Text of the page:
H. The expected number of correct ˜no skill™ Next, we have to make some assumptions about

forecasts in a 30-day month is E(H) = 15.9. The the operation of the exceedance process so that we

observed 19 hits is greater than this, supporting the can develop a corresponding stochastic model.

contention that the forecasts are skilful. However,

For simplicity, we assume that » is not a

h can vary substantially from one realization of

function of time.3 We divide the base interval t into

the forecasting experiment to the next. It may

n equal length sub-intervals with n large enough

be that 19 or more hits can occur randomly

so that the likelihood of two exceedances in any

relatively frequently in a skill-less forecasting

one sub-interval is negligible. Then the occurrence

system. Therefore, assuming no skill, we compute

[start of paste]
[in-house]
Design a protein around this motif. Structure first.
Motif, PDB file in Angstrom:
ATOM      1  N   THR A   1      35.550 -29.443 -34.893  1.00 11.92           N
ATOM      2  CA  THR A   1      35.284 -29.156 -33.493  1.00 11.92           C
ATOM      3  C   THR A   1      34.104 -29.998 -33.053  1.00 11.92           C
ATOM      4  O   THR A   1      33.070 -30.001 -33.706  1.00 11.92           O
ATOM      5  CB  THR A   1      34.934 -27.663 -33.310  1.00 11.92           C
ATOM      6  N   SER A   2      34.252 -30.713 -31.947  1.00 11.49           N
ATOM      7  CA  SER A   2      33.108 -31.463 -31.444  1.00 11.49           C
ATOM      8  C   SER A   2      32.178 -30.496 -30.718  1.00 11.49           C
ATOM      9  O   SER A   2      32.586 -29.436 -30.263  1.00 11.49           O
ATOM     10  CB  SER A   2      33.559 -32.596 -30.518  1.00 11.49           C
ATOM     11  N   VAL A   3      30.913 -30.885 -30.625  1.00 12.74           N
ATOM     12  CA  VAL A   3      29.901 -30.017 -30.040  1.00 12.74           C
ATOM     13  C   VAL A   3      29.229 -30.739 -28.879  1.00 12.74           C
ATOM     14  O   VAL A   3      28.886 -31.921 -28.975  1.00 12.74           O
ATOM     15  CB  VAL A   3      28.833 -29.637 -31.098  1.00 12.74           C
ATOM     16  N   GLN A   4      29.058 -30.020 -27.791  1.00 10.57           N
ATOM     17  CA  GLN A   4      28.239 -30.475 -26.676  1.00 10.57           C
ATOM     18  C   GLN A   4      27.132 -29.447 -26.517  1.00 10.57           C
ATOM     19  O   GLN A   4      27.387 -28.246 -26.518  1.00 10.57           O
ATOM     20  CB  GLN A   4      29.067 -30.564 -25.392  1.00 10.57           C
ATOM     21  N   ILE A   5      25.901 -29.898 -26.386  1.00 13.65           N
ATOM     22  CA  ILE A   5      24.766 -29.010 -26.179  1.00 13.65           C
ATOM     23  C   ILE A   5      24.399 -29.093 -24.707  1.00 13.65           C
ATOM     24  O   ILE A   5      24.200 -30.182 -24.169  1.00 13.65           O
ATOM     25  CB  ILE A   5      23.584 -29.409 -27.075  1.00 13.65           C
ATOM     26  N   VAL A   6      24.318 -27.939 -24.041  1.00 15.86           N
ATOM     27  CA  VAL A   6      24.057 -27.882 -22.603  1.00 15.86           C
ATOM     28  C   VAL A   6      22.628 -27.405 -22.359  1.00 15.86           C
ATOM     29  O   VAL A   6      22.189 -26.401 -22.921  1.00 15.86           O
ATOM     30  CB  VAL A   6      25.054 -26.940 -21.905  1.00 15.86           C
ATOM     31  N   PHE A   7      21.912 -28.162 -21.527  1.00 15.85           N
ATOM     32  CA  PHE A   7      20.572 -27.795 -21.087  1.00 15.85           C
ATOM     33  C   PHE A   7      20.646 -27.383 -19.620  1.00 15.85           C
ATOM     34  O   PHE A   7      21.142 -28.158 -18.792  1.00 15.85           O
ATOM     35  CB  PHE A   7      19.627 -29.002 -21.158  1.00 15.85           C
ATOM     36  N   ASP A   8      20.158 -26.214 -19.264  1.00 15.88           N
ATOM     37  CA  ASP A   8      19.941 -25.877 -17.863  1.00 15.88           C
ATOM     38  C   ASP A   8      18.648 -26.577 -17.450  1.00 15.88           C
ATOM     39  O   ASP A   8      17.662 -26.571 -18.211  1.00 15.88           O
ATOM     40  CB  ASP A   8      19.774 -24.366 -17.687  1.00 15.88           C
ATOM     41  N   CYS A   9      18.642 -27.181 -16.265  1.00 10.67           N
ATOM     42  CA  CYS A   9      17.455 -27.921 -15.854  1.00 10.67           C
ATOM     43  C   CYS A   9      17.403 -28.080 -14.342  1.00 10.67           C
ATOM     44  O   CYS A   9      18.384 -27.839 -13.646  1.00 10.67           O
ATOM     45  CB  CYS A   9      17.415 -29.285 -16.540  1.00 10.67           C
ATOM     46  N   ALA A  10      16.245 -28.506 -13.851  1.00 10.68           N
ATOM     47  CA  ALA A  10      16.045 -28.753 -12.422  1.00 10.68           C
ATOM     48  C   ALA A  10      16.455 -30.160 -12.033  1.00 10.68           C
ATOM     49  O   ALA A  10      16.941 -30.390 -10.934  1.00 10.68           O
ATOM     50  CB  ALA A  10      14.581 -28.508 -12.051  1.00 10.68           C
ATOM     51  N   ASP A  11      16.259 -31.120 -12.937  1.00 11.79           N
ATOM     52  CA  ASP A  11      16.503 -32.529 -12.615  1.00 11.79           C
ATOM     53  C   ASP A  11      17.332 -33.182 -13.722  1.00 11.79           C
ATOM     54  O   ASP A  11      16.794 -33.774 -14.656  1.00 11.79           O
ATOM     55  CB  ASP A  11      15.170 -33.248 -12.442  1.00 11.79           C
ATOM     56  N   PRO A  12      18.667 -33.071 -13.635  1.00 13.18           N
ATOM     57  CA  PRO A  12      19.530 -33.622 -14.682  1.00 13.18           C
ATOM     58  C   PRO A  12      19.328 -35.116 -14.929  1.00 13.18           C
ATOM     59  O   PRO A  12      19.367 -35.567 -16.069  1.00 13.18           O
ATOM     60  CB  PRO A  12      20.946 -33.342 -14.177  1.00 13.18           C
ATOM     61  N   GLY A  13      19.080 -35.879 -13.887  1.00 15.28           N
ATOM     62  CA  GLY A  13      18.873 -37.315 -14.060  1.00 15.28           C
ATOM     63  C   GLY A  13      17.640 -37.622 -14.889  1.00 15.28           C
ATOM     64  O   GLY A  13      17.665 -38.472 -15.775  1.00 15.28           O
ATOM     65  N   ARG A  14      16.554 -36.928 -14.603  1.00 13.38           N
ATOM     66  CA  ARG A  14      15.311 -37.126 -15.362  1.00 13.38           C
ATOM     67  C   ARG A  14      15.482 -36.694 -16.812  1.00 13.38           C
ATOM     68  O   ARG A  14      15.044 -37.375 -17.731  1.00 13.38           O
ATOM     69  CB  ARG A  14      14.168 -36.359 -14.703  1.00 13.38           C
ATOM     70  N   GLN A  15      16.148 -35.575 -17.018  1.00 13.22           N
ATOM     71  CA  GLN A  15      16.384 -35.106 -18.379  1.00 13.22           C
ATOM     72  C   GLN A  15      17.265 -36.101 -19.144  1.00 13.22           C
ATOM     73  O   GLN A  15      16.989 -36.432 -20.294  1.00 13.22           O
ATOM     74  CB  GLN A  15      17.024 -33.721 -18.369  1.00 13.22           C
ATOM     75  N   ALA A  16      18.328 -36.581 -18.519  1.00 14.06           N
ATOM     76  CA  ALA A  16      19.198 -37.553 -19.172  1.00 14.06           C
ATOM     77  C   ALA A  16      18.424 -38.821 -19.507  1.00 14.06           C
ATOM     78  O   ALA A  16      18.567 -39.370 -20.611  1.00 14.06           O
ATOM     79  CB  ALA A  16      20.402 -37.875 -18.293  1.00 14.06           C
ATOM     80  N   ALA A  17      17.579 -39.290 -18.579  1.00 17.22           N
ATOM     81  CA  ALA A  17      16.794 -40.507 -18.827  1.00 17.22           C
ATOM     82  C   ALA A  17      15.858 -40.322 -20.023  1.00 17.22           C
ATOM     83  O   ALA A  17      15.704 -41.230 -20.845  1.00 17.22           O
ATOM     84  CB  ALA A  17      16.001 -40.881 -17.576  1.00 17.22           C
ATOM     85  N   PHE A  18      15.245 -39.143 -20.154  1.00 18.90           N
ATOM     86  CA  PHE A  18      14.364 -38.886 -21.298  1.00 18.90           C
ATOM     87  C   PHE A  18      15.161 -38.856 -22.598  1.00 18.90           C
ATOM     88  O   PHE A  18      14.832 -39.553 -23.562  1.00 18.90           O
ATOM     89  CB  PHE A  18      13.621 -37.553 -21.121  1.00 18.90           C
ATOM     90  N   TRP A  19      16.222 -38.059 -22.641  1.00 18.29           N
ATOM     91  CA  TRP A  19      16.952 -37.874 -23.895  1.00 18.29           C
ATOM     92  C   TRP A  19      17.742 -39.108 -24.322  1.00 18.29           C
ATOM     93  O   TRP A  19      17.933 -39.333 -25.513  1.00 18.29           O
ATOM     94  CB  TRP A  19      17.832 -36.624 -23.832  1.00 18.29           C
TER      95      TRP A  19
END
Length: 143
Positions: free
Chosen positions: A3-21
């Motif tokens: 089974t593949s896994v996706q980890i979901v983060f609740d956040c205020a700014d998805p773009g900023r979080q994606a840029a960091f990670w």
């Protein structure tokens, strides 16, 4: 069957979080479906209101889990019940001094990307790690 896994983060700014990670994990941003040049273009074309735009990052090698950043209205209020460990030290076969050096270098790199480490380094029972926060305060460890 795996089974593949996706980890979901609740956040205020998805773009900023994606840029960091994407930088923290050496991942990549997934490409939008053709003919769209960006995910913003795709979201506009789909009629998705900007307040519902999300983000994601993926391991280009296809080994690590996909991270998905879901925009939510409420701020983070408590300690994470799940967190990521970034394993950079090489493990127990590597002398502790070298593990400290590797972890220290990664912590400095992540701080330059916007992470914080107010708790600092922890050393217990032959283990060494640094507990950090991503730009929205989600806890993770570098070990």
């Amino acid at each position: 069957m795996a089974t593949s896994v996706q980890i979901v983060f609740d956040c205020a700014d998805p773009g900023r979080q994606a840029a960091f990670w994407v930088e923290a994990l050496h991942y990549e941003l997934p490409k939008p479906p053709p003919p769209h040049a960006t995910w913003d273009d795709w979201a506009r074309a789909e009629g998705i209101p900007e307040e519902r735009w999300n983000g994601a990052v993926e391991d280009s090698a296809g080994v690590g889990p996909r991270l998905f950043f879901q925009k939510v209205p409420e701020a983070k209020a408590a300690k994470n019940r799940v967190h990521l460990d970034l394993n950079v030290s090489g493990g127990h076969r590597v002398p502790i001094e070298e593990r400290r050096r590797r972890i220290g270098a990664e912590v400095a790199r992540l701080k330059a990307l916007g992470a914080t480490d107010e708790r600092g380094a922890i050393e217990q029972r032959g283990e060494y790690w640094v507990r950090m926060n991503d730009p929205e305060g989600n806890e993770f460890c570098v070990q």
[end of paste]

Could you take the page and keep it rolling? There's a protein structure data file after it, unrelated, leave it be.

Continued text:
of an exceedance in any one sub-interval can

the likelihood of an outcome at least as extreme as

be well approximated as a Bernoulli trial with

observed. This is given by

probability »t/n of success. Furthermore, we

assume that events in adjacent time sub-intervals

30

are independent of each other.4 That is, the

f H (h)

P (H ≥ 19) =

likelihood of an exceedance in a given sub-

h=19

interval is not affected by the occurrence or

30

30 0.53h 0.47(30’h) non-occurrence of an exceedance in the other

= h sub-intervals. Thus, the number of exceedances X

h=19

in the base interval is approximately binomially

≈ 0.22.

distributed. That is,

The conclusion is that 19 or more hits are not »t

X ∼ B n, .

that unlikely when there is no skill. Therefore the

n

observed success rate is not strong evidence of

forecast skill.

3 In reality, the intensity often depends on the annual cycle.

On the other hand, suppose 23 correct forecasts 4 In reality there is always dependence on short enough

were observed. Then P (H ≥ 23) ¤ 0.007 under time scales. Fortunately, the model described here generalizes

the no-skill assumption. This is stronger evidence well to account for dependence (see Leadbetter, Lindgren, and

of forecast skill than the scenario with 19 hits, Rootzen [246]).

2: Probability Theory

26

By taking limits as the number of sub-intervals 2.4.6 The Multinomial Distribution. The

n ’ ∞, we obtain the Poisson probability example above can be generalized to experiments